Fix section references

 1public void getOffers() {
 2        // 1.) Call Catalog.getBook() and log its entry and exit timestamps.
 3        final long tin = MONITORING_CONTROLLER.getTimeSource().getTime();
 4        this.catalog.getBook(false); // <-- the monitored execution
 5        final long tout = MONITORING_CONTROLLER.getTimeSource().getTime();
 6        final OperationExecutionRecord e = new OperationExecutionRecord(
 7                "public void " + this.catalog.getClass().getName() +
 8                ".getBook(boolean)",
 9                OperationExecutionRecord.NO_SESSION_ID,
10                OperationExecutionRecord.NO_TRACE_ID,
11                tin, tout, "myHost",
12                OperationExecutionRecord.NO_EOI_ESS,
13                OperationExecutionRecord.NO_EOI_ESS);
14        MONITORING_CONTROLLER.newMonitoringRecord(e);

The next step after instrumenting the code is running the instrumented application. Below we show the commands to compile and run the application under UNIX-like systems and Windows. The expected working directory is the base directory of this example, i.e. examples/userguide/ch2-manual-instrumentation/.

javac src/kieker/examples/userguide/ch2bookstore/manual/∗.java \
        -classpath lib/kieker-1.15.1-emf.jar -d build/

java -classpath build/:lib/kieker-1.15.1-emf.jar \

Under Windows it is necessary to separate the classpath elements by a semicolon instead of a colon. Also, we recommend to use the Windows shell cmd.exe for this tutorial since problems have been reported for the Windows PowerShell. Also input each command on one line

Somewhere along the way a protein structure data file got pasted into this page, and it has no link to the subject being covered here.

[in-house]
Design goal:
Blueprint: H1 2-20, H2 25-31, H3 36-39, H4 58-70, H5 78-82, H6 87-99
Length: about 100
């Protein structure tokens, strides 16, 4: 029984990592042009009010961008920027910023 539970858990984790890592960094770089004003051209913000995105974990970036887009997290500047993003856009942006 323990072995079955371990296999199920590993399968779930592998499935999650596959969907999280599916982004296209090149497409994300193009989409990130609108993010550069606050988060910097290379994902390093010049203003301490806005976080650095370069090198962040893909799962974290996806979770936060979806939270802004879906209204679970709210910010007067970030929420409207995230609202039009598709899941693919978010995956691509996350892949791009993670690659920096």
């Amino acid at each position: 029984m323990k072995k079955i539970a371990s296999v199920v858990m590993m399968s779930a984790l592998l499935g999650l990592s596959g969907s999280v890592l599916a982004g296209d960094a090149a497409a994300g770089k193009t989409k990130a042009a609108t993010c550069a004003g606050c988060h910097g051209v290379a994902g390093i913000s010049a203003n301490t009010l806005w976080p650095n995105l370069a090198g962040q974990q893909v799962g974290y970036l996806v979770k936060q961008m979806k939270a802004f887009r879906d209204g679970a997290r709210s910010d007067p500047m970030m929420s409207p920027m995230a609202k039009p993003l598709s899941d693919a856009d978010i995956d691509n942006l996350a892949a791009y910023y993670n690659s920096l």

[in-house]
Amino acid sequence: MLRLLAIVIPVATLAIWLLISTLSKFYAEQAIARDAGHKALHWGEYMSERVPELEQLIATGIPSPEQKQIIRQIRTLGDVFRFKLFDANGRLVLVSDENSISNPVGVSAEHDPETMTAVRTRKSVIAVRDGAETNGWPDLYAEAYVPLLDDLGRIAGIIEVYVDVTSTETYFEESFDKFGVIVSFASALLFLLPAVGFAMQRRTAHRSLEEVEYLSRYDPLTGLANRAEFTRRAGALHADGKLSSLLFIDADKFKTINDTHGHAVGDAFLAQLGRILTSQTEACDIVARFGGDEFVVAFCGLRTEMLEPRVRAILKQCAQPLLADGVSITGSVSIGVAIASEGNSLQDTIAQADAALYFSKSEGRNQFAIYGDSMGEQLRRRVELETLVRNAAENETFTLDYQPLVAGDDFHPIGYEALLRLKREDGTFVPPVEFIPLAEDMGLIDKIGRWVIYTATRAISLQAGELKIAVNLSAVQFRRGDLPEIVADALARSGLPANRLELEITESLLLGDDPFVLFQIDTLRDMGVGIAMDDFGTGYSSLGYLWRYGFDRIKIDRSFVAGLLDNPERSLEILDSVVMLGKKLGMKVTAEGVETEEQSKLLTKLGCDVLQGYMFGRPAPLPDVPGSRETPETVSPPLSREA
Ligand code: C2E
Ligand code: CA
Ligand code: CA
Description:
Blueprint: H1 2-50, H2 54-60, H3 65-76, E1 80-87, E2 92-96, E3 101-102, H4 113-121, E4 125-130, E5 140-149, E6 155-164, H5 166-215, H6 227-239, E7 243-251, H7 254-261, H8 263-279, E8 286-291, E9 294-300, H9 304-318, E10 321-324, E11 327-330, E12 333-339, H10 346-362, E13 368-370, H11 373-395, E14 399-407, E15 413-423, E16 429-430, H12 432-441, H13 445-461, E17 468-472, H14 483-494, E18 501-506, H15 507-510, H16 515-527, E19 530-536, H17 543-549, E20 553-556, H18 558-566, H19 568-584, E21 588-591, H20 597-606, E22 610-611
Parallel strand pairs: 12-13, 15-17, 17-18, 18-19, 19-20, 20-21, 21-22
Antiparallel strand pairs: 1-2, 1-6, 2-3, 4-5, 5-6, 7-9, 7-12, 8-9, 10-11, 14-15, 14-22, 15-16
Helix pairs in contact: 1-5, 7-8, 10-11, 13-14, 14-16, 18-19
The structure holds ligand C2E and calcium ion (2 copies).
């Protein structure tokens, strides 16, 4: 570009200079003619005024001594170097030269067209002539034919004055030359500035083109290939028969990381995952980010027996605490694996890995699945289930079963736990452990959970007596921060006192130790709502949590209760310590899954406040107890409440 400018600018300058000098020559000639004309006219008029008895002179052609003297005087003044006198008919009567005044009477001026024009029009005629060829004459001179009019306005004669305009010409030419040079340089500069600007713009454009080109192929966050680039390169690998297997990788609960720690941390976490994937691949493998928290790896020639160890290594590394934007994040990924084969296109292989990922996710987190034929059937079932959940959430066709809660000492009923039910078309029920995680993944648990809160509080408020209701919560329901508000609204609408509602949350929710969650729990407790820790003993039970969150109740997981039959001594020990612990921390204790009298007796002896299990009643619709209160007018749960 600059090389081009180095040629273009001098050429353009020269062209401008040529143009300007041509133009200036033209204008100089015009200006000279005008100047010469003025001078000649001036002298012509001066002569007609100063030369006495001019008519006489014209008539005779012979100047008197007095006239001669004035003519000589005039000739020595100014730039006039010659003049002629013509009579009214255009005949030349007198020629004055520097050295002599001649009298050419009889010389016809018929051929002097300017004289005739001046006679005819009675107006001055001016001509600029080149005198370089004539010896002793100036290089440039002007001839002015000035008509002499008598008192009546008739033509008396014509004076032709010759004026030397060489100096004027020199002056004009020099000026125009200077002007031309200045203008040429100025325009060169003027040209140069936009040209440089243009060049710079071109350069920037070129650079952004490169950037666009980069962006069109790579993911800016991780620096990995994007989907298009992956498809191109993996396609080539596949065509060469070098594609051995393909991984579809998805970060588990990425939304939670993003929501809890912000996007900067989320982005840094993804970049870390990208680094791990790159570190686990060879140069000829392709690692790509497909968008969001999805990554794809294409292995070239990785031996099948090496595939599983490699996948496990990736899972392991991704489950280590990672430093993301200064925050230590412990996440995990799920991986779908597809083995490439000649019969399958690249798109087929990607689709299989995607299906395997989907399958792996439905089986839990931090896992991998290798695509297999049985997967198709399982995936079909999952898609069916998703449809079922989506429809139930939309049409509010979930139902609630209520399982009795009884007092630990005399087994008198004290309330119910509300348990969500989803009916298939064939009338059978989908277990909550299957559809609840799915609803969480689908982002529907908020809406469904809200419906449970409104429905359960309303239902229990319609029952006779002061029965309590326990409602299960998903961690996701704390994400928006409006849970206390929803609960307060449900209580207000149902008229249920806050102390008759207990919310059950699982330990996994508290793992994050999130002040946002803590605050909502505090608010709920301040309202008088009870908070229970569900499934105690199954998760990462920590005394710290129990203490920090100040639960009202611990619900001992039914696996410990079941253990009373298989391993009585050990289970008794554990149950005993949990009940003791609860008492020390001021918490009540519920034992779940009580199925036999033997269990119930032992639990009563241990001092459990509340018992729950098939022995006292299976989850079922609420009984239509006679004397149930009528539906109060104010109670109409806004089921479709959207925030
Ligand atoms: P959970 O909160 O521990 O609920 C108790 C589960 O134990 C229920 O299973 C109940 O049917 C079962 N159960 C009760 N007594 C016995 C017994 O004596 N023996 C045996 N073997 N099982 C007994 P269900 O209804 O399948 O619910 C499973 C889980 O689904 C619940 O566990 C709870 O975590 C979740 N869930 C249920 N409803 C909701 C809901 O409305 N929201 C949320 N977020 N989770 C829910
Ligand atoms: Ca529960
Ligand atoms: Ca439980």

javac src\kieker\examples\userguide\ch2bookstore\manual\∗.java
        -classpath lib\kieker-1.15.1-emf.jar -d build\

java -classpath build\;lib\kieker-1.15.1-emf.jar

If everything worked correctly, a new directory for the monitoring data with a name similar to kieker-20120402-163314855-UTC-myHost-KIEKER-SINGLETON/ is created (compare structure below). In Kieker’s default configuration, the log directory can be found in the default temporary directory: under UNIX-like systems, this is typically /tmp/; check the environment variables $TMPDIR or %temp% for the location under MacOS or Windows respectively. The exact location of the created monitoring log is reported in Kieker’s console output (see for example Appendix H.1).


Resolve this broken reference to the appendix.

The monitoring directory contains two types of files: .dat files containing text representations of the monitoring records and a file namedkieker.mapwhich contains information on the types of monitoring records used.

  • /tmp/

    • kieker-20130910-120352847-UTC-myHost-KIEKER-SINGLETON/


      • kieker-20120402-163314882-UTC–000-Thread-1.dat


Fix listing references.

The Listings 2.11 and 2.12 show example file contents. The .dat-file is saved in CSV format (Comma Separated Values) - in this case, the values of a monitoring record are separated by semicolons. To understand the .dat - file structure the semantics have to be explained. For this quick start example only some of the values are relevant. The first value $1 indicates the record type. The fourth value indicates the class and method which has been called. And the seventh and eighth value are the start and end time of the execution of the called method.

$1;1378814632852360525;public void kieker.examples.userguide.ch2bookstore.manual.Catalog.getBook(boolean);<no−session−id>;−1;1378814632849896821;1378814632852105483;myHost;−1;−1

The second file is a simple mapping file referencing keys to monitoring record types. In the mapping file the key $1 is mapped to the type of operation execution records which were used in the monitoring. The key value corresponds to the key values in the .dat-file.


By the end of this section, two Java classes of the Bookstore application have been manually instrumented using Kieker.Monitoring and at least one run of the instrumented application has been performed. The resulting monitoring log, written to the .dat-file in CSV format, could already be used for analysis or visualization by any spreadsheet or statistical tool. The next step in this tutorial is to show how to process this monitoring data with Kieker.Analysis.